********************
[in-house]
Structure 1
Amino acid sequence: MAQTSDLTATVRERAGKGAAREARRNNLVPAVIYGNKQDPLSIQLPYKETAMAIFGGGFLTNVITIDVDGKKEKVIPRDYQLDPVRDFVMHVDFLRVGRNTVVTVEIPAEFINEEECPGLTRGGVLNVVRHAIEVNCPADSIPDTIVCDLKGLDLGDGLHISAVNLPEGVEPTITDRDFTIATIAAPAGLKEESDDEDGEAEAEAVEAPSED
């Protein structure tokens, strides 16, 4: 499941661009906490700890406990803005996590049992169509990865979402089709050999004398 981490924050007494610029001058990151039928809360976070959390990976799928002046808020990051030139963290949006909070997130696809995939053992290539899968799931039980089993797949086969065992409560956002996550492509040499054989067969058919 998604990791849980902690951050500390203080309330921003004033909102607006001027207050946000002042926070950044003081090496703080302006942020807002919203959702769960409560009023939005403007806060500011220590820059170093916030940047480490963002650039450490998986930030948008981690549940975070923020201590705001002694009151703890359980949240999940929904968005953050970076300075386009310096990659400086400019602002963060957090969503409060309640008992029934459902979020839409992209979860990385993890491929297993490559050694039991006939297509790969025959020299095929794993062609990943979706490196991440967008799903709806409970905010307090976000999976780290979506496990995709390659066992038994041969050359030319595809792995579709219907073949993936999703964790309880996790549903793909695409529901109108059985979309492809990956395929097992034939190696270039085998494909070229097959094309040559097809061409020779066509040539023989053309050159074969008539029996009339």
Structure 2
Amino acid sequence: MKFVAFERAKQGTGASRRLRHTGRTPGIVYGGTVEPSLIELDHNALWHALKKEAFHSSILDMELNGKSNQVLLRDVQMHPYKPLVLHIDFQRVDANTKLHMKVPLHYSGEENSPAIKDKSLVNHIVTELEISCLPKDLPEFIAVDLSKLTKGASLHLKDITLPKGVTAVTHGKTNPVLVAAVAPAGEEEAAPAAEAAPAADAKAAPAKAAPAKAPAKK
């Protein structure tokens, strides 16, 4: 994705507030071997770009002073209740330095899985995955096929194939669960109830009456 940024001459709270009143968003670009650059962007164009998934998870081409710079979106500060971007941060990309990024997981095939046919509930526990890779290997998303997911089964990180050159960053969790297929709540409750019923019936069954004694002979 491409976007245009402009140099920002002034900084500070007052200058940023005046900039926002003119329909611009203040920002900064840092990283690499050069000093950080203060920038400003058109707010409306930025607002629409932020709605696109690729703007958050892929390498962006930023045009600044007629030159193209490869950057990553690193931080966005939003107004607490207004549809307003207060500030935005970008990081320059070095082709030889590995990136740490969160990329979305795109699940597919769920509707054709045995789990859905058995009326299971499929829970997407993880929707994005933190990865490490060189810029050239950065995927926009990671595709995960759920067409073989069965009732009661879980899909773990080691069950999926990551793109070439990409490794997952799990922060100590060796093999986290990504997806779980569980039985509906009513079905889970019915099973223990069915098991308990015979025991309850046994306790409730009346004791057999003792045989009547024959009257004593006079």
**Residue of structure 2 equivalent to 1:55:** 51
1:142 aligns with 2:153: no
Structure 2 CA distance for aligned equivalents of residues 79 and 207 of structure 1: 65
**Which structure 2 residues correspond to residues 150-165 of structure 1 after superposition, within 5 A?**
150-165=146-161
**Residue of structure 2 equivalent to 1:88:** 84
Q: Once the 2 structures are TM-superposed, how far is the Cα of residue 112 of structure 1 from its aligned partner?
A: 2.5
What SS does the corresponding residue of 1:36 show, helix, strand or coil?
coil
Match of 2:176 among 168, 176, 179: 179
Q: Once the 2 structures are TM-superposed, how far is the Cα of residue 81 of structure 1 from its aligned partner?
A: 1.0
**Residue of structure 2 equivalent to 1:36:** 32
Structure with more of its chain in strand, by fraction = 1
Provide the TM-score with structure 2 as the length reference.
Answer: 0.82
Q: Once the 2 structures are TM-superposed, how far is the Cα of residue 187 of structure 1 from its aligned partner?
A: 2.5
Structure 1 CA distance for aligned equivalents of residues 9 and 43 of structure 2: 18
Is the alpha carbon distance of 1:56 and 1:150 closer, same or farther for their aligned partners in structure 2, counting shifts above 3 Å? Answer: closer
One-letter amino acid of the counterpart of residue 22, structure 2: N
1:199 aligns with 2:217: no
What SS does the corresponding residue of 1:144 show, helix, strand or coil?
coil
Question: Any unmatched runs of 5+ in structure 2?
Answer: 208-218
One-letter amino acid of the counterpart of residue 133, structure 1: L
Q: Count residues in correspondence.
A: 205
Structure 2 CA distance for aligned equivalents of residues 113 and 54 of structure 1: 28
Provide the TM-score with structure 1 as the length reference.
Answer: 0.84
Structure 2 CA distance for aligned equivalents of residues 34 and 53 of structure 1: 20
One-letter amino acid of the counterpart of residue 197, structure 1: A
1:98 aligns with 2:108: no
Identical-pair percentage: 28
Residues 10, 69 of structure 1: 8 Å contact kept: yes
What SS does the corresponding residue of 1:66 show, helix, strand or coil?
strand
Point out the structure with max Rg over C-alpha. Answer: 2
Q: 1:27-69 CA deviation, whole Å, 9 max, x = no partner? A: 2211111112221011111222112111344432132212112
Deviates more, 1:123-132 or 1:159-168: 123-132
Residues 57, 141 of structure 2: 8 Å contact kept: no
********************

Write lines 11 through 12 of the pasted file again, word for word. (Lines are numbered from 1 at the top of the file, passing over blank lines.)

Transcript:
**Which structure 2 residues correspond to residues 150-165 of structure 1 after superposition, within 5 A?**
150-165=146-161